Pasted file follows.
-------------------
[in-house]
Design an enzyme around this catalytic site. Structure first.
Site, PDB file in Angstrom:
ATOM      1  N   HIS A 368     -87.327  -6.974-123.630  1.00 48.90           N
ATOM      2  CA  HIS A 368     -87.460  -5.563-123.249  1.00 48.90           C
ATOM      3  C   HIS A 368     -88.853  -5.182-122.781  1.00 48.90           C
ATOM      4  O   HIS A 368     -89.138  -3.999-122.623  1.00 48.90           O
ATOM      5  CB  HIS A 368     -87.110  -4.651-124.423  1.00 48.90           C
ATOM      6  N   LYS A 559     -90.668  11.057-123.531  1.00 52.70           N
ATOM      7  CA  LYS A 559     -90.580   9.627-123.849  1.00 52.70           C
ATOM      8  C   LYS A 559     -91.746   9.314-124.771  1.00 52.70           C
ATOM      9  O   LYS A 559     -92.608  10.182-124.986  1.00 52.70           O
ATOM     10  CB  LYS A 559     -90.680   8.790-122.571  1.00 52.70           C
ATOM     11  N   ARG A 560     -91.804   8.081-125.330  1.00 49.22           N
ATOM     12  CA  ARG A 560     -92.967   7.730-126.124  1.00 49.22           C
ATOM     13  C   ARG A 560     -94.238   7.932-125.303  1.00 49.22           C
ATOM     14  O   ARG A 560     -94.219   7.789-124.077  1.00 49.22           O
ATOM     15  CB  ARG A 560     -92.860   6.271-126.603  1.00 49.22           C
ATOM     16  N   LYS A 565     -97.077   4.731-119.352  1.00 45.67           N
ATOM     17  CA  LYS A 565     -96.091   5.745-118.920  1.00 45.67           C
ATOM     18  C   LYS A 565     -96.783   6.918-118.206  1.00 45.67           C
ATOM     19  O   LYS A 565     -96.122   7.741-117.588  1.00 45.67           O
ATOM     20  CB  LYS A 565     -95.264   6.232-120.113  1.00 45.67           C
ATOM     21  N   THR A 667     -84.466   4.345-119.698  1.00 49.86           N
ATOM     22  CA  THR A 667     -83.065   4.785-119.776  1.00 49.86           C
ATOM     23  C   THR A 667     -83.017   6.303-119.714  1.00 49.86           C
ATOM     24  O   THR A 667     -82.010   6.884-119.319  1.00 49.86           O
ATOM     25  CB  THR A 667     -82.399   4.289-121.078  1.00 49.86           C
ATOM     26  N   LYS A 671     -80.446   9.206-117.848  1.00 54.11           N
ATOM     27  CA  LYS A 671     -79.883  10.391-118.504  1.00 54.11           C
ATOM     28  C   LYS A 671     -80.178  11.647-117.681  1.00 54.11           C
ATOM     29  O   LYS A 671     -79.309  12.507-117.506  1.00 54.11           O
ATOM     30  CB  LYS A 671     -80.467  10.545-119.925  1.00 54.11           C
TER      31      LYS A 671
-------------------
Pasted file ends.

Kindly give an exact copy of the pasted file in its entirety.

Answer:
[in-house]
Design an enzyme around this catalytic site. Structure first.
Site, PDB file in Angstrom:
ATOM      1  N   HIS A 368     -87.327  -6.974-123.630  1.00 48.90           N
ATOM      2  CA  HIS A 368     -87.460  -5.563-123.249  1.00 48.90           C
ATOM      3  C   HIS A 368     -88.853  -5.182-122.781  1.00 48.90           C
ATOM      4  O   HIS A 368     -89.138  -3.999-122.623  1.00 48.90           O
ATOM      5  CB  HIS A 368     -87.110  -4.651-124.423  1.00 48.90           C
ATOM      6  N   LYS A 559     -90.668  11.057-123.531  1.00 52.70           N
ATOM      7  CA  LYS A 559     -90.580   9.627-123.849  1.00 52.70           C
ATOM      8  C   LYS A 559     -91.746   9.314-124.771  1.00 52.70           C
ATOM      9  O   LYS A 559     -92.608  10.182-124.986  1.00 52.70           O
ATOM     10  CB  LYS A 559     -90.680   8.790-122.571  1.00 52.70           C
ATOM     11  N   ARG A 560     -91.804   8.081-125.330  1.00 49.22           N
ATOM     12  CA  ARG A 560     -92.967   7.730-126.124  1.00 49.22           C
ATOM     13  C   ARG A 560     -94.238   7.932-125.303  1.00 49.22           C
ATOM     14  O   ARG A 560     -94.219   7.789-124.077  1.00 49.22           O
ATOM     15  CB  ARG A 560     -92.860   6.271-126.603  1.00 49.22           C
ATOM     16  N   LYS A 565     -97.077   4.731-119.352  1.00 45.67           N
ATOM     17  CA  LYS A 565     -96.091   5.745-118.920  1.00 45.67           C
ATOM     18  C   LYS A 565     -96.783   6.918-118.206  1.00 45.67           C
ATOM     19  O   LYS A 565     -96.122   7.741-117.588  1.00 45.67           O
ATOM     20  CB  LYS A 565     -95.264   6.232-120.113  1.00 45.67           C
ATOM     21  N   THR A 667     -84.466   4.345-119.698  1.00 49.86           N
ATOM     22  CA  THR A 667     -83.065   4.785-119.776  1.00 49.86           C
ATOM     23  C   THR A 667     -83.017   6.303-119.714  1.00 49.86           C
ATOM     24  O   THR A 667     -82.010   6.884-119.319  1.00 49.86           O
ATOM     25  CB  THR A 667     -82.399   4.289-121.078  1.00 49.86           C
ATOM     26  N   LYS A 671     -80.446   9.206-117.848  1.00 54.11           N
ATOM     27  CA  LYS A 671     -79.883  10.391-118.504  1.00 54.11           C
ATOM     28  C   LYS A 671     -80.178  11.647-117.681  1.00 54.11           C
ATOM     29  O   LYS A 671     -79.309  12.507-117.506  1.00 54.11           O
ATOM     30  CB  LYS A 671     -80.467  10.545-119.925  1.00 54.11           C
TER      31      LYS A 671